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Hepatitis E vaccine candidate harboring a non-particulate immunogen of E2 fused with CRM197 fragment A.

Antiviral Res; 164: 154-161, 2019 Apr.
Artigo em Inglês | MEDLINE | ID: mdl-30802475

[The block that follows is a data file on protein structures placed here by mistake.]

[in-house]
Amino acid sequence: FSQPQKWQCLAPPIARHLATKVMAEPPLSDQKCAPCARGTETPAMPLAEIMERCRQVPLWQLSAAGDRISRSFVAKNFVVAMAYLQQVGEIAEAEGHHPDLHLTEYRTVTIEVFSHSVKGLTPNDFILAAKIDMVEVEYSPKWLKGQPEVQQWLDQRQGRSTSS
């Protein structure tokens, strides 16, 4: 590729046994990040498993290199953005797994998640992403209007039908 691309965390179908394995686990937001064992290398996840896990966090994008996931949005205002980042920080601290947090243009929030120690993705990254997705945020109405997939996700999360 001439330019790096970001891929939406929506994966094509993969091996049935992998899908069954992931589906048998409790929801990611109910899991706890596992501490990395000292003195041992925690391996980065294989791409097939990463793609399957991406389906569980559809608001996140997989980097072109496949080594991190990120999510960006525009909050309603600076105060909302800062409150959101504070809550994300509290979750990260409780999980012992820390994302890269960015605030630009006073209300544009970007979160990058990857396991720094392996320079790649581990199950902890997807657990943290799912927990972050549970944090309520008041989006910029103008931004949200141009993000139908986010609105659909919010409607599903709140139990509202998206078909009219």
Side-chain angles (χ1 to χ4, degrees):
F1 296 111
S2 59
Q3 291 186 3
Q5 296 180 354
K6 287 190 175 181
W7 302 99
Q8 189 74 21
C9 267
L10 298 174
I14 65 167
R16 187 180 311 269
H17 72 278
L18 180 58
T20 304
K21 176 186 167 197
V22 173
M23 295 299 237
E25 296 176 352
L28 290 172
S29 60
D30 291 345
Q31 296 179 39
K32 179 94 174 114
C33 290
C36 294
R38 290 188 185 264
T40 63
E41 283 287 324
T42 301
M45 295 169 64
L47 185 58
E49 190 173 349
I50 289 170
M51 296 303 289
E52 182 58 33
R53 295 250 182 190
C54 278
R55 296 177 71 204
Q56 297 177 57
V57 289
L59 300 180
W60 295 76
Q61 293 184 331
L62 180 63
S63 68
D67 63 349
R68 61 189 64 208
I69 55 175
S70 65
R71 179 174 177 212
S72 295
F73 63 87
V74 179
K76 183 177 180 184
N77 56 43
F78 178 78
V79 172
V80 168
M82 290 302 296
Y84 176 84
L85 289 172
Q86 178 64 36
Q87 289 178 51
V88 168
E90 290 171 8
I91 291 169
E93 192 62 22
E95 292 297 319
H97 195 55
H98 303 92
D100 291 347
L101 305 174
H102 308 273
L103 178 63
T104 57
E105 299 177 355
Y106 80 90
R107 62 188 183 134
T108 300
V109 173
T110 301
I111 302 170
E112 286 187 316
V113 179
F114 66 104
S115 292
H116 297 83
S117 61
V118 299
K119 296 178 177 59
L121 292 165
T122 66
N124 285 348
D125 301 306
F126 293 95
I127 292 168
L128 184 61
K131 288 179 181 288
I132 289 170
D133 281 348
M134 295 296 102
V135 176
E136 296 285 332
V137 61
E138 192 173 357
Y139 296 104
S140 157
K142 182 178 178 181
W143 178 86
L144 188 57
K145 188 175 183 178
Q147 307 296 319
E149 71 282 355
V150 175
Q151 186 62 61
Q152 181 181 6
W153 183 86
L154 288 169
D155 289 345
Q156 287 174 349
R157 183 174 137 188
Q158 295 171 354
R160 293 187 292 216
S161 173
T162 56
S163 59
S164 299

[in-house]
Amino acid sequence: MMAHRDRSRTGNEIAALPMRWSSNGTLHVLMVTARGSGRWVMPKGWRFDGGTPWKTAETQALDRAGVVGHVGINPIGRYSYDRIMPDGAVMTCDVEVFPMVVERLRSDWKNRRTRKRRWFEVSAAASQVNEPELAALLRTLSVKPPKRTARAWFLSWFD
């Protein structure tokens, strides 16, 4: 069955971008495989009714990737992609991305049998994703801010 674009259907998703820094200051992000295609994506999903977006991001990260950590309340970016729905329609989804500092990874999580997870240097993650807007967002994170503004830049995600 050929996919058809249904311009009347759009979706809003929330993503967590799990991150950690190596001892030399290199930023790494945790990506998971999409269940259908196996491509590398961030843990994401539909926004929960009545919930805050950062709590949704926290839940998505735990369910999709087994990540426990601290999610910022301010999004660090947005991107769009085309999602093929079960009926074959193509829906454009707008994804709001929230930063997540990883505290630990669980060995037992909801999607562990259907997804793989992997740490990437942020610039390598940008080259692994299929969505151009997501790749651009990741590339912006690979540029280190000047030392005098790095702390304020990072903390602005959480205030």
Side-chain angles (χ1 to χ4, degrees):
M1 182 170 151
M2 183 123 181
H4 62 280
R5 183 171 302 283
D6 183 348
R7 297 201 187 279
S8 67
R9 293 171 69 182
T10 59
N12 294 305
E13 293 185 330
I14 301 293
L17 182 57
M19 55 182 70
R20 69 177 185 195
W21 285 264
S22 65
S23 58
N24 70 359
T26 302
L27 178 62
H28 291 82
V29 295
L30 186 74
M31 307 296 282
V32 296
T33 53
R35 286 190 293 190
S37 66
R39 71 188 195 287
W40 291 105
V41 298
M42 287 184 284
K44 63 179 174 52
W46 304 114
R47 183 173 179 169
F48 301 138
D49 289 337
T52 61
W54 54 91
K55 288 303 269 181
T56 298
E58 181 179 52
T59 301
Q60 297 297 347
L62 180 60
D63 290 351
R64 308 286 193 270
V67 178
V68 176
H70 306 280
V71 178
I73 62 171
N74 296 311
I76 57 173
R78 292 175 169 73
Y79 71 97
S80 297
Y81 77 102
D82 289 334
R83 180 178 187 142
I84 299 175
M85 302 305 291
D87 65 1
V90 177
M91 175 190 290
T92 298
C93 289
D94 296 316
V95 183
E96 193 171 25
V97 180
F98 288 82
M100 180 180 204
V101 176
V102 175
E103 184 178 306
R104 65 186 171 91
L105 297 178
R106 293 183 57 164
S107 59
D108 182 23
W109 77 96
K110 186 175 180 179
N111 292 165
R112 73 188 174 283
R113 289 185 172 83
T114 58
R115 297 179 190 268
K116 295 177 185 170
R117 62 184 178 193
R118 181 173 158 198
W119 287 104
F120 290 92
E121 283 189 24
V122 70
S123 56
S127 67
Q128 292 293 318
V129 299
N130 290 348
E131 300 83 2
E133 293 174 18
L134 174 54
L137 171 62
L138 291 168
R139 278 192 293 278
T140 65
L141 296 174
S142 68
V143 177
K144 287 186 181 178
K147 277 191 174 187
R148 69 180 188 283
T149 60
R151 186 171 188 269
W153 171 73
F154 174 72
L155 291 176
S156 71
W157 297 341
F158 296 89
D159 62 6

The Hepatitis E vaccine (Hecolin, licensed in China) harbors a potent particulate immunogen, p239, designed from a 26-aa N-terminal extension of its poorly immunogenic parental protein, E2. Although an effective vaccine, we sought to design a fusion protein in a non-particulate form that could improve the delivery and immunogenicity of E2 epitopes. The non-toxic mutant of diphtheria toxin, CRM197 (Cross-Reacting Material 197) has been successfully used as a carrier protein for conjugated vaccines to enhance the immunogenicity of polysaccharides. Here, we designed a fusion non-particulate protein of E2 and the catalytic domain (fragment A) of CRM197 and evaluated its antigenicity, immunogenicity and disease prevention efficacy in primates. This fusion protein, named CRM197(A)-E2, was bacterially expressed and purified by chromatography. CRM197(A)-E2 presented as a homodimer in solution, similar to its parental E2 protein, and exhibited excellent antigenicity against representative neutralizing monoclonal antibodies, like E2 and p239. However, CRM197(A)-E2 manifested higher immunogenicity in mice compared with that achieved by the particulate p239, as indicated by the 10-times lower ED50 value and 2-log higher HEV-specific antibody level that could persist for at least 28 weeks. In addition, both the 1 µg and 10 µg doses of CRM197(A)-E2 adjuvanted with aluminum could protect vaccinated monkeys against HEV challenge, matching that achieved with only the higher (10 µg) dose of the p239 vaccine. These results suggest that the CRM197 fragment A alone serves as an intra-molecular adjuvant to remarkably enhance the immunogenicity of the target of interest in a non-particulate form. These findings may pave the way for rational vaccine design, especially in cases where particulates are not accessible.